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In addition to their myriad other responsibilities, the brave Mars pioneers will also have to be ready to deal with all kinds of medical emergencies. Some ailments, such as common colds and headaches, may be easy to tackle with medication. To help them with more serious issues, like severe skin burns or bone fractures, scientists from the Dresden University of Technology (TUD) have developed a 3-D bioprinter capable of producing human tissue in space.
3-D bioprinters are similar to traditional 3-D printers, with one key difference. Instead of creating objects from materials like plastic, ceramic, or wood, they deposit layers of biomaterial, made largely from living cells, to build complex human tissue. Since the raw material is not readily available, researchers begin by taking a few cells from the required organ, such as lung or skin, and cultivating them in the laboratory. Once enough cells have been generated, they are used to create "bio-ink," which is loaded into the printer. This, as you can imagine, is no easy task, and despite trying for many years, scientists have still not been able to regenerate human organs for widespread use.
Bioprinting in space has even more challenges. The biggest is finding cells to cultivate and create the required bio-ink. There is also the issue of the printer being able to operate in the low gravity conditions like the one the astronauts will encounter on Mars.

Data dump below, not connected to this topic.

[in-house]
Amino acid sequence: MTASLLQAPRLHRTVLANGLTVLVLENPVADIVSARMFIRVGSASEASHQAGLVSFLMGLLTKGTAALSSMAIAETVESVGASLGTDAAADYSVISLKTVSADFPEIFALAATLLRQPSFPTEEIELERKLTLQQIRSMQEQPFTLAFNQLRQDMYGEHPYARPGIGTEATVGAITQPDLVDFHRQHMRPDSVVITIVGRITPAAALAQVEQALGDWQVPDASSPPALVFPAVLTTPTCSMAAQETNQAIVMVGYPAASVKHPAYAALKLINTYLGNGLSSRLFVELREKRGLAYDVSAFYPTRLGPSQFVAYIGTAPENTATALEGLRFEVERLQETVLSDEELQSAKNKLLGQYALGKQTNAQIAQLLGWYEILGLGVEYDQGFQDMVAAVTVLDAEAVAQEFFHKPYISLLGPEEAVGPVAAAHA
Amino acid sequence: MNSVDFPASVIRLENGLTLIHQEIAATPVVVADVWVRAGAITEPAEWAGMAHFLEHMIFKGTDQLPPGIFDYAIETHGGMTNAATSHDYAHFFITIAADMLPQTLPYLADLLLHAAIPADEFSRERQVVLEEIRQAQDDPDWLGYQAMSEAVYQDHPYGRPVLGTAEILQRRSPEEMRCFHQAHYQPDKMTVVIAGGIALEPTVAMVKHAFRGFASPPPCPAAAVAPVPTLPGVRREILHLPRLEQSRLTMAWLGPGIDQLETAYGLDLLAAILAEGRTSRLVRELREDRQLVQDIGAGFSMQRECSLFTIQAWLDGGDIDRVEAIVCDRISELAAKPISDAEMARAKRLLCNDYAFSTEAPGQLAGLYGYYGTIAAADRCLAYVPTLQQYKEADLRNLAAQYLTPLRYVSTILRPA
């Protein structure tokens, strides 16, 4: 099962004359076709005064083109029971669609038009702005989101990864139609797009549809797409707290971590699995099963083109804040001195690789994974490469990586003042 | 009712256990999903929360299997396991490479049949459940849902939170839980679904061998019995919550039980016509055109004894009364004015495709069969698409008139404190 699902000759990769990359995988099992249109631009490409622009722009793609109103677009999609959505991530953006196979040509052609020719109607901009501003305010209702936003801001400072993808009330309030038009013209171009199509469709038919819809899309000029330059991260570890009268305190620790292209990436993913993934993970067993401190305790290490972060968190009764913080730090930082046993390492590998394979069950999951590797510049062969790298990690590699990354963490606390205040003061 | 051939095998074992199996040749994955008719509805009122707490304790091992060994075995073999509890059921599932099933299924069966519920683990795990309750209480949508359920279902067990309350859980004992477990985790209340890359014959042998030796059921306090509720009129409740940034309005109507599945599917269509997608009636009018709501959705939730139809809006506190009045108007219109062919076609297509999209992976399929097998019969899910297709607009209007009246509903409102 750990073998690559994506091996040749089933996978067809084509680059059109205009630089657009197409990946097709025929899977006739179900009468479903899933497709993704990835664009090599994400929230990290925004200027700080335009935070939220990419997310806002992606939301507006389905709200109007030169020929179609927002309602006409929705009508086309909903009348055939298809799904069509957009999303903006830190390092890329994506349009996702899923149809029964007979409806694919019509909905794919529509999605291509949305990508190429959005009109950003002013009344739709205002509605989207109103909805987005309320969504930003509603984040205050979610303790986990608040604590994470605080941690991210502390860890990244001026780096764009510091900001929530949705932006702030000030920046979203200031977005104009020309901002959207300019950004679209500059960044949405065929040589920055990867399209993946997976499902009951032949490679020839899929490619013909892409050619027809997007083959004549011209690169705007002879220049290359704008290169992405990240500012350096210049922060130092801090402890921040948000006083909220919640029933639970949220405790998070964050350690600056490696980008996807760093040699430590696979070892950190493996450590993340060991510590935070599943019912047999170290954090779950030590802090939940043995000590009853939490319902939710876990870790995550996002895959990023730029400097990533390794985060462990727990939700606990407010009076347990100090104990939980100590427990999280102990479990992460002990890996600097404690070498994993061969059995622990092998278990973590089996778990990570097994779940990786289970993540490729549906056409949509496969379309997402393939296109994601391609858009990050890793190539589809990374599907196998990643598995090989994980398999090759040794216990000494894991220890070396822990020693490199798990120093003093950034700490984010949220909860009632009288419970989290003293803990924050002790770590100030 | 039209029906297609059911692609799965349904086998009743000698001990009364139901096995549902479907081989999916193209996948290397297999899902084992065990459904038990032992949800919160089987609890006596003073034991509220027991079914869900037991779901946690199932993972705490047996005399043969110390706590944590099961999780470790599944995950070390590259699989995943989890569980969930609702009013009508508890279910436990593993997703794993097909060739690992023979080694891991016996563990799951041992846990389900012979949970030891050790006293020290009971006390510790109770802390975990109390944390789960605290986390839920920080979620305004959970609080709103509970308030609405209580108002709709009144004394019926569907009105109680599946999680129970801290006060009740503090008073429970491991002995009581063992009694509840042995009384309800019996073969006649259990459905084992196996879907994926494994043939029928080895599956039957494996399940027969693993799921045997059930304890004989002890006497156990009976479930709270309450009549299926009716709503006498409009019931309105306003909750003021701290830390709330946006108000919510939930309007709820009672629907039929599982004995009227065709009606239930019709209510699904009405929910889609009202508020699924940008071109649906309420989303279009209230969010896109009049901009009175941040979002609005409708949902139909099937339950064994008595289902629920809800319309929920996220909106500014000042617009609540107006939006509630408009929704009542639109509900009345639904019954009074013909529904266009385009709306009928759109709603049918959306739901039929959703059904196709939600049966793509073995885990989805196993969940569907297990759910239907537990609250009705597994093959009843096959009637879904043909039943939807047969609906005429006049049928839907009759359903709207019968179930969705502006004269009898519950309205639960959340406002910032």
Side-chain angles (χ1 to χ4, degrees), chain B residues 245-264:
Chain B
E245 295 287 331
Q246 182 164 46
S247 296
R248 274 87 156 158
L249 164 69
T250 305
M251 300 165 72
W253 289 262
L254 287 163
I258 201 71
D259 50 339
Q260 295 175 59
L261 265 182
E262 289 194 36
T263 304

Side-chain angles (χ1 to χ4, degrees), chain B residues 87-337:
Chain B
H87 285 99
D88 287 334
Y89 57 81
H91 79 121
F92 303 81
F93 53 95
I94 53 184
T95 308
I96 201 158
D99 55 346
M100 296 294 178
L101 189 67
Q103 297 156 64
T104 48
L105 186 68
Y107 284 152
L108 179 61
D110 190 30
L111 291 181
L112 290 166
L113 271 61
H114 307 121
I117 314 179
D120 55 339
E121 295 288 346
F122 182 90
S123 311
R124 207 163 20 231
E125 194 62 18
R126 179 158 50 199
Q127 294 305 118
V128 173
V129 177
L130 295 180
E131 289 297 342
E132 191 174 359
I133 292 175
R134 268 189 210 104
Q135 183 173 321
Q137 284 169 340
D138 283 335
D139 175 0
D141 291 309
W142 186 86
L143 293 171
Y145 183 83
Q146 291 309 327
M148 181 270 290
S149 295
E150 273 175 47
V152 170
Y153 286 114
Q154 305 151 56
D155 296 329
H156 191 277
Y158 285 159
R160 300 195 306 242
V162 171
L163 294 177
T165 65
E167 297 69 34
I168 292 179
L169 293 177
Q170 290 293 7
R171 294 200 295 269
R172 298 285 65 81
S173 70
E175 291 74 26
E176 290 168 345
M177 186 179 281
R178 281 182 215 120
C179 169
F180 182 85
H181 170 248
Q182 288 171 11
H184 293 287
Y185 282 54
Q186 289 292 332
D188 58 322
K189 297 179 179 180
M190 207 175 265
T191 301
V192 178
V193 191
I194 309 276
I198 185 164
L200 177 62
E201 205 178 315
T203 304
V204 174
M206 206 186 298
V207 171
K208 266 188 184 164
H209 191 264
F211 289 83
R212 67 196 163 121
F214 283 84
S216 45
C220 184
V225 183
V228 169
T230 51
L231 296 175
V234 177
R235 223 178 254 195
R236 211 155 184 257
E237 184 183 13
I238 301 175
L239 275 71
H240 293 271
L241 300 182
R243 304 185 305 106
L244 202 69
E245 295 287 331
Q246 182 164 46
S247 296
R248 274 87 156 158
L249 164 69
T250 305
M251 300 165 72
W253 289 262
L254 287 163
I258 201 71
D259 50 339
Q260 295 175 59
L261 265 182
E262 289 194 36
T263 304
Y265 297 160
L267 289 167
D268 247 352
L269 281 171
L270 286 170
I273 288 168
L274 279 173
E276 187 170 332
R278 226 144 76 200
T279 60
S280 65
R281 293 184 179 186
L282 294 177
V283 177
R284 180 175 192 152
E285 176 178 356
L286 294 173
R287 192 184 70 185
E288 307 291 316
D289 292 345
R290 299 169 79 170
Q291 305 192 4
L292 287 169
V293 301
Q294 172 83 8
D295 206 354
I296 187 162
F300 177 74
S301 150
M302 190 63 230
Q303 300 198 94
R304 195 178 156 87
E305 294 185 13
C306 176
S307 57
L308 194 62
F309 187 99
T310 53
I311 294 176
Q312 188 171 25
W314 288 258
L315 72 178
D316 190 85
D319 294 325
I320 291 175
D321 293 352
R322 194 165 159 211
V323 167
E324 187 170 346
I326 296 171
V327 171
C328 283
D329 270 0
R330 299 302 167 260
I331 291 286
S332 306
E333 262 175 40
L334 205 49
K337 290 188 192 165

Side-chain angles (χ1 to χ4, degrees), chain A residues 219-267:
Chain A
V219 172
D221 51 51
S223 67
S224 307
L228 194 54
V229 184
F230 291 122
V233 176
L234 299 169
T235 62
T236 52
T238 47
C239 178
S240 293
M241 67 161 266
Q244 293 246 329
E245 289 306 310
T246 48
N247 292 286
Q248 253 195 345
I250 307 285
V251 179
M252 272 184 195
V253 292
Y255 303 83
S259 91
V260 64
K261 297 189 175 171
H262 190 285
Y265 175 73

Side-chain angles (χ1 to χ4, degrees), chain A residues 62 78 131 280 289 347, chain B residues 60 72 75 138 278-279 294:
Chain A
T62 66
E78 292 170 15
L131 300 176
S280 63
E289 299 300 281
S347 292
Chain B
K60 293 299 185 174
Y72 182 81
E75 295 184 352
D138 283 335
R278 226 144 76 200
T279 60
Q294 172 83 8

The TUD scientists, who are working in collaboration with the European Space Agency’s (ESA) 3D Printing of Living Tissue for Space Exploration project, believe the first hurdle can be overcome by using cells from the injured astronaut.
"Skin cells can be bioprinted using human blood plasma as a nutrient-rich 'bio-ink,' which would be easily accessible from the mission crew members," says Nieves Cubo Mateo, a bioprinting specialist at TUD. The bones can be made with the help of human stem cells and fortified with calcium phosphate bone cement. Mateo says using biomaterial from the astronauts themselves also eliminates the risk of transplant rejection.
To ensure the bioprinter works in low, or zero, gravity conditions, the researchers built one that works upside down. To prevent the bio-ink from flying around, they incorporated plant and algae-based materials to increase its viscosity.
The TUD researchers, who revealed the first bioprinted bone and skin samples on July 9, 2019, believe that once developed, the technology could help astronauts treat acute injuries. Tommaso Ghidini, head of ESA's Structures, Mechanisms and Materials Division, agrees. The expert says, "Carrying enough medical supplies for all possible eventualities would be impossible in the limited space and mass of a spacecraft. Instead, a 3D bioprinting capability will let them respond to medical emergencies as they arise."
Resources: Cnet.com,newatlas.com, sciencetimes.com